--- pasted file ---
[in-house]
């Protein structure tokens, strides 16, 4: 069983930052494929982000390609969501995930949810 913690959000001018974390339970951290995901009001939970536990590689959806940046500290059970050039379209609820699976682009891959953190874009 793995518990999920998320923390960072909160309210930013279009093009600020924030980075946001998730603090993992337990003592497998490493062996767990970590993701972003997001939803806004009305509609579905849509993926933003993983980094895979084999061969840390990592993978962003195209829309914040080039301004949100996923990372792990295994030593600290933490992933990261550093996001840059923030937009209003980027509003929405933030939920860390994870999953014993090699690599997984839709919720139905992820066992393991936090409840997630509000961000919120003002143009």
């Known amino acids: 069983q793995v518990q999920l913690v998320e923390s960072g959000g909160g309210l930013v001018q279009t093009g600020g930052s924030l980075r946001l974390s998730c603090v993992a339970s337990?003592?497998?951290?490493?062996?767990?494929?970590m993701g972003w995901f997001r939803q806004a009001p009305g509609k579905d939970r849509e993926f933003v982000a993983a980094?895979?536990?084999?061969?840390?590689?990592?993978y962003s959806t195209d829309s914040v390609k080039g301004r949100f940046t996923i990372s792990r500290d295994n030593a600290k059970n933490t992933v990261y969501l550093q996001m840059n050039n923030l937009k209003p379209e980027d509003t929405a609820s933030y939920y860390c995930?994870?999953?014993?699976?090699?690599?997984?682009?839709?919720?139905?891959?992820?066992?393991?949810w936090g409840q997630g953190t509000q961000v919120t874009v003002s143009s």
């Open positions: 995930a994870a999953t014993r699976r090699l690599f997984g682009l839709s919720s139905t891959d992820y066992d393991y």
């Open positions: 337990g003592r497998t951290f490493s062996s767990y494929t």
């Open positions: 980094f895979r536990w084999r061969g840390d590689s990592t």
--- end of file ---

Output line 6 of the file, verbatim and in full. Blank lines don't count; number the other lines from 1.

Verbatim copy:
């Open positions: 980094f895979r536990w084999r061969g840390d590689s990592t």